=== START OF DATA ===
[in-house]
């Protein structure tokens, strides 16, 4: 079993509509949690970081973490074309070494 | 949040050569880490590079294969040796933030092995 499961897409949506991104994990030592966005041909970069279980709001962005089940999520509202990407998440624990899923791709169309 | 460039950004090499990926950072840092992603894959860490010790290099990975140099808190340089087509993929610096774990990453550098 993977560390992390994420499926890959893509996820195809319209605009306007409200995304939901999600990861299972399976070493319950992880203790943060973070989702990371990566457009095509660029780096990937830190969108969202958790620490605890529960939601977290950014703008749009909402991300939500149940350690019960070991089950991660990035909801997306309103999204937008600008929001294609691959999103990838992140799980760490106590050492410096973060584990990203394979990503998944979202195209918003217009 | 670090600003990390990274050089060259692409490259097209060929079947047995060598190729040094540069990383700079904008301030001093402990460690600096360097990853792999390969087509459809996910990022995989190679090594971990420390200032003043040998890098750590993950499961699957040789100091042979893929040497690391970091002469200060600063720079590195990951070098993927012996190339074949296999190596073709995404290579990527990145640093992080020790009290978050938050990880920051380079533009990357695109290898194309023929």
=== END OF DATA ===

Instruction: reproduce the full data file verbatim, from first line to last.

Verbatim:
[in-house]
């Protein structure tokens, strides 16, 4: 079993509509949690970081973490074309070494 | 949040050569880490590079294969040796933030092995 499961897409949506991104994990030592966005041909970069279980709001962005089940999520509202990407998440624990899923791709169309 | 460039950004090499990926950072840092992603894959860490010790290099990975140099808190340089087509993929610096774990990453550098 993977560390992390994420499926890959893509996820195809319209605009306007409200995304939901999600990861299972399976070493319950992880203790943060973070989702990371990566457009095509660029780096990937830190969108969202958790620490605890529960939601977290950014703008749009909402991300939500149940350690019960070991089950991660990035909801997306309103999204937008600008929001294609691959999103990838992140799980760490106590050492410096973060584990990203394979990503998944979202195209918003217009 | 670090600003990390990274050089060259692409490259097209060929079947047995060598190729040094540069990383700079904008301030001093402990460690600096360097990853792999390969087509459809996910990022995989190679090594971990420390200032003043040998890098750590993950499961699957040789100091042979893929040497690391970091002469200060600063720079590195990951070098993927012996190339074949296999190596073709995404290579990527990145640093992080020790009290978050938050990880920051380079533009990357695109290898194309023929």